To each his own but I would caution that being completely one-sided about different topics could limit our overall understanding of Bonsai in general.

A Look At The Soul Of The Tree




Cleaning The Trunk and Life Line











Cleaning The Deadwood




Styling For Show

Styling a tree for a show can be very limiting. Most of the time, the tree is already in good shape and there isn’t a lot of big changes being made. Even if major changes would increase the quality of the tree, doing it right before the show is not an appropriate time due to the stresses involved. Much of the wiring work is purely for fine tune adjustments and we spend a good amount of time making sure the wires are not noticeable. Our goal at this time is to clean the tree up, create clean pads and repot the tree into a show pot.

After Two Days Of Wiring






After the suggestions, I got right to work to make the changes.



One of the things that Mr. Tanaka wanted to try to change is the position of the tree in the pot. Not to the extent of angle changes but wanted to see the trunk more to the right of the pot. If you look at the above picture closely, you can see that the movement of the tree is to its left and the centerline of the trunk is offset to the left of the pot as well. This makes the tree look a bit unstable in the pot and affects the overall balance of tree to pot. If we could somehow move the center line of the trunk offset to the pots right, the balance would be better. But is this possible? From the picture, it looks like the deadwood just about touches the ends of the pot on both sides.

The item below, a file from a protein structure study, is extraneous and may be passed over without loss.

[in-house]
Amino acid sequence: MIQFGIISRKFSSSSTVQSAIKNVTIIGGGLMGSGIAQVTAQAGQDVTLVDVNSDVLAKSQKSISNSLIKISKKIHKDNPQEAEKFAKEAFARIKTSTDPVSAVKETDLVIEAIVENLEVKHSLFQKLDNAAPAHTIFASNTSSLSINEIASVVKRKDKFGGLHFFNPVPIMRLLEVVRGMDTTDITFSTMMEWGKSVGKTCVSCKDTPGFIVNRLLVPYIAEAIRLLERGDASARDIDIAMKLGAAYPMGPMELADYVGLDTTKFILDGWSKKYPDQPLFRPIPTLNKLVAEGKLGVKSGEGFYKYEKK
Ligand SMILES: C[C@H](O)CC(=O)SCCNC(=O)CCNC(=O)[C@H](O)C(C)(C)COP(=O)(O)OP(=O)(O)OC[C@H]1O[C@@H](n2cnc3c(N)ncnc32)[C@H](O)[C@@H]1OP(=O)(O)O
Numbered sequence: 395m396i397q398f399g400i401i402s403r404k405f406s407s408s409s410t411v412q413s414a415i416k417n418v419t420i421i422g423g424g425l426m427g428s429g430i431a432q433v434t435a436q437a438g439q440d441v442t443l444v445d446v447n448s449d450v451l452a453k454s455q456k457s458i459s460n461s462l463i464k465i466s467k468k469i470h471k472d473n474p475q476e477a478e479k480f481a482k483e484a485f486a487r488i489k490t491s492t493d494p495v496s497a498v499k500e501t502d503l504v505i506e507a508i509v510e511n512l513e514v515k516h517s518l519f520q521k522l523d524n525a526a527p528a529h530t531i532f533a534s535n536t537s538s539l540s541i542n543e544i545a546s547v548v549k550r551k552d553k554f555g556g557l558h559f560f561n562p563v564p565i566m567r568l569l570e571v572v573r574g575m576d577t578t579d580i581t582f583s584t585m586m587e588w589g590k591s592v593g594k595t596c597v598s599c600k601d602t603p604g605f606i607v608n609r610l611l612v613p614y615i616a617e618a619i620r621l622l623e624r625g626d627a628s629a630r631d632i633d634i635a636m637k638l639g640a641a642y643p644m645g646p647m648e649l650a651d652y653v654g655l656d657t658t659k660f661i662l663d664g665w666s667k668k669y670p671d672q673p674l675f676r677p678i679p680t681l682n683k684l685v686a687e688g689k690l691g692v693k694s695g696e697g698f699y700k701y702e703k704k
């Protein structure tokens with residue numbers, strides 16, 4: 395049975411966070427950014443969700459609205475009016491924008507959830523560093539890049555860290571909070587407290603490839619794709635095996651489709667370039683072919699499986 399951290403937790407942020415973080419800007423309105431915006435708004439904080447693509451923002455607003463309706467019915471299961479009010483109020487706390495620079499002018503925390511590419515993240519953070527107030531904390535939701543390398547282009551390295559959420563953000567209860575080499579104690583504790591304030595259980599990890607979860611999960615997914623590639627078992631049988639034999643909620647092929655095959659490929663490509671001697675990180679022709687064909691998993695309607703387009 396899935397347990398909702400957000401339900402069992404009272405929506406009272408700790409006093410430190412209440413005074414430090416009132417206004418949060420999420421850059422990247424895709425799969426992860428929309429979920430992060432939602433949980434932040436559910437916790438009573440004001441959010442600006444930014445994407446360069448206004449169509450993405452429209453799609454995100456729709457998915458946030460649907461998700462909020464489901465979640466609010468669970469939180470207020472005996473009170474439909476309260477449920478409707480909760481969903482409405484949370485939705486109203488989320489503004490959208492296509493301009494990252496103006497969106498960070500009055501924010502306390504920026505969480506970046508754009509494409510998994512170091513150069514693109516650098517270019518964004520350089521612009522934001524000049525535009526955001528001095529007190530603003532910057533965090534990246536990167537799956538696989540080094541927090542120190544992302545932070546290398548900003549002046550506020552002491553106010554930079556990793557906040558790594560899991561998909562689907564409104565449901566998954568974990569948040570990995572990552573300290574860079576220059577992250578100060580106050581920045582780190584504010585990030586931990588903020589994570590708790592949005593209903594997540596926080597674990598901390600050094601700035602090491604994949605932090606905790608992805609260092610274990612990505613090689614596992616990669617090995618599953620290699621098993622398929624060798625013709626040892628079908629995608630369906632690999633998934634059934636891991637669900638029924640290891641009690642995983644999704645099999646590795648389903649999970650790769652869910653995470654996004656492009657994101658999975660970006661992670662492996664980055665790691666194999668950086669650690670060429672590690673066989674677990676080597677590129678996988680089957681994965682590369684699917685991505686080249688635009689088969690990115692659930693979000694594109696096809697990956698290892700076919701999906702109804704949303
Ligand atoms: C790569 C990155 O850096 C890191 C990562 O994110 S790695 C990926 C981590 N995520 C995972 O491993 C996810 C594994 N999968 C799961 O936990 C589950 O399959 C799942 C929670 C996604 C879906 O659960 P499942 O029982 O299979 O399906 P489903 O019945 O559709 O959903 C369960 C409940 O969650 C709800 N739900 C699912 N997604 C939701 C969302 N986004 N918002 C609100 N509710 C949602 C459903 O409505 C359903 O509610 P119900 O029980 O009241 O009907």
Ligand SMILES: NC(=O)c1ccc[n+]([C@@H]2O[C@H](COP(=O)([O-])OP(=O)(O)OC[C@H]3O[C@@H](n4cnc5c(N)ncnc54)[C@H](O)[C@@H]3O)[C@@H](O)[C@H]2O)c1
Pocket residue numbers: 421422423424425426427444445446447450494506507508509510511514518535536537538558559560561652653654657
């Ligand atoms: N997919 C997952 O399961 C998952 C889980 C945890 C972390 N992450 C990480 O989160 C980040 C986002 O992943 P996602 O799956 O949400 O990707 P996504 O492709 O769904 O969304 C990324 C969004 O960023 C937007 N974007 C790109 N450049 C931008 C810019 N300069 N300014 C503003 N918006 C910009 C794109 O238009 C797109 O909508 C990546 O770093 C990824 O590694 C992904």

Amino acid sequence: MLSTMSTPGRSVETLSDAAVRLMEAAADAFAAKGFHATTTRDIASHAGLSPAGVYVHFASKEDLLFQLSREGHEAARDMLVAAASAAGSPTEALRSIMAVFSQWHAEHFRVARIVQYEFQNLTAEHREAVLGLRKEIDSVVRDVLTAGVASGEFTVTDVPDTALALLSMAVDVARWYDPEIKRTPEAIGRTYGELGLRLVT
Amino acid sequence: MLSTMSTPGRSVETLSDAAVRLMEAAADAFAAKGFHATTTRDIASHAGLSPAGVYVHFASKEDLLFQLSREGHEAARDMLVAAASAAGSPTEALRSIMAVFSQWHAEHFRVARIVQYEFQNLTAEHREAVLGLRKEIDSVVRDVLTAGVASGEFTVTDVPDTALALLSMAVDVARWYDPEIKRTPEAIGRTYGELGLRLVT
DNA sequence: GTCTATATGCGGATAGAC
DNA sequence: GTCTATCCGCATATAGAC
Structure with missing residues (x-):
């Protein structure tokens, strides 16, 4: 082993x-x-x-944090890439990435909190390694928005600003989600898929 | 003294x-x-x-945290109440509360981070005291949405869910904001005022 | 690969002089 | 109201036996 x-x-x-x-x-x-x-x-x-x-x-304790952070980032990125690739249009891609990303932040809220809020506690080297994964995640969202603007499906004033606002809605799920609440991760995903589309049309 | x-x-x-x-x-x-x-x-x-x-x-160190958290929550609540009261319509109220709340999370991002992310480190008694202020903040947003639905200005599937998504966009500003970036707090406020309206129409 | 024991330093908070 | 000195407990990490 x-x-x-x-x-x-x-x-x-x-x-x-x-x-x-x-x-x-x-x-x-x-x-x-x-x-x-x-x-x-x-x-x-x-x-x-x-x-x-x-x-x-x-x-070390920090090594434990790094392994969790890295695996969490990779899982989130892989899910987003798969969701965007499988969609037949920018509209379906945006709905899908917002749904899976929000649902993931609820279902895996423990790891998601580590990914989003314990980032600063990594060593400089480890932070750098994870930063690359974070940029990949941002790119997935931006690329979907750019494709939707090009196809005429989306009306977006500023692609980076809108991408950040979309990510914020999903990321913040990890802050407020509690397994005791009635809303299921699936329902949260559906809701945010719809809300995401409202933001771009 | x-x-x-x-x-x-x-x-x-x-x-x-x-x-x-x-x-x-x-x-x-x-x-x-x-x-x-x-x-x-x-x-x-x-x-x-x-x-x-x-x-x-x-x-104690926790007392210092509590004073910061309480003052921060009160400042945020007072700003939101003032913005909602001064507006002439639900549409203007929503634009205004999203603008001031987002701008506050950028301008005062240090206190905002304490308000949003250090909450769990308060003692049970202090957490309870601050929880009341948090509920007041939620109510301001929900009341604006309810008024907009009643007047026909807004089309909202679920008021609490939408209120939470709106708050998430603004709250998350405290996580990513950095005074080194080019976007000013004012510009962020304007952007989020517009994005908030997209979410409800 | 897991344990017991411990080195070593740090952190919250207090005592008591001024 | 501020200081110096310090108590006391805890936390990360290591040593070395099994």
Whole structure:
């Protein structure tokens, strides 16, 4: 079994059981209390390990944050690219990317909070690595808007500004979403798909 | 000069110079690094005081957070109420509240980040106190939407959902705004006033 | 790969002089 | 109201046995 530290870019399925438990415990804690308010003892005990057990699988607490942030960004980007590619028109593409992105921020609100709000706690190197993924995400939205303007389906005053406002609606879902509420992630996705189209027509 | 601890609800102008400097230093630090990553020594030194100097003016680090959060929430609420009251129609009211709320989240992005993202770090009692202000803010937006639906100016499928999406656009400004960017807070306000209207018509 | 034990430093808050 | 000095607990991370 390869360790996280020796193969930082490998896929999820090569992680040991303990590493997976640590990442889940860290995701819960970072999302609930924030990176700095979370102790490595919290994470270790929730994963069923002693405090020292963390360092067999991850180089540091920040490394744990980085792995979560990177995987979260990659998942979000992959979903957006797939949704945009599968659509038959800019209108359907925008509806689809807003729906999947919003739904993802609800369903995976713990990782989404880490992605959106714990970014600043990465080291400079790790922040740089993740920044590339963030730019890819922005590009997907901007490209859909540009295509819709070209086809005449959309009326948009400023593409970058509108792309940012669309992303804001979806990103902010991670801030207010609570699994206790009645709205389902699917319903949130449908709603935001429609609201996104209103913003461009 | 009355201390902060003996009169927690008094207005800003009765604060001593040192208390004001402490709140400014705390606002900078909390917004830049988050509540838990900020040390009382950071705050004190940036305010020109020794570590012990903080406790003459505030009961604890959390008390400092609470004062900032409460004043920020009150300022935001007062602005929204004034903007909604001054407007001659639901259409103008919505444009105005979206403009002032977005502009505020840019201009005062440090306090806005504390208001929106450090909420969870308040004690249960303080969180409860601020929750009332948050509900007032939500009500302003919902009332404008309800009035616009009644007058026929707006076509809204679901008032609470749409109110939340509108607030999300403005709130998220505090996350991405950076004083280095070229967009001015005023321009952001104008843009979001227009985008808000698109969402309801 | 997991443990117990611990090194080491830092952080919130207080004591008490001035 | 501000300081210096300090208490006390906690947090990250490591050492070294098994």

Mr. Tanaka said that depending on what the roots look like, he would like to remove some of the deadwood on the tree’s right to make space so that the trunk can be offset to the pots right. If there aren’t many roots underneath the deadwood we may be able to do it, but if there is a major root there, we will not be able to shift the tree over. Lets repot and see what we have!
























The Fitting




Look at both pictures carefully and think about which one you would choose. 🙂










So which pot did we pick? Lets take another look.



We decided to go with the smaller size pot. Mr. Tanaka’s reasoning was that the larger size was slightly too heavy for the tree and shifted to focus from the tree to the pot. With the smaller pot, the focus is shifted to the tree. Mr. Tanaka then said that if we had a size right in between, it would work better but the maker didn’t make that size and our options were these two. Better the pot be slightly too small then too big for the tree when showing. The focus is on the tree first. He did add that if the tree was going to stay in the pot long-term, the larger one would be the better for health reasons.

The Fruits Of Our Labor


It was an incredible experience working on a tree like this and preparing it for show. This marks the first time I’ve styled a tree for Kokufu-ten. I learned lots in how to prepare the tree for a big show and only adds to my growing confidence in my work. There’s much more to know and the education will never end. I look forward to the future!



A Little History

About a month ago, I posted the before picture of this tree on Facebook and Marco Invernizzi contacted me and said he worked on this tree in the past as well! What a small world! Apparently he too wired it back in 1999 and it was shown at the 72nd annual Kokufu-ten show. Marco said that he wired it but credited Mr. Kimura with adjusting the pads and picking the final front of the tree. Amazing how connected we all are. I wonder who else in the future is going to work on this tree? Will another apprentice 10 years from now work on this tree and write a post about it as well?


Thanks for reading and to a great New Bonsai Year!

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What an incredible work of living art! Thank you for sharing this post with us.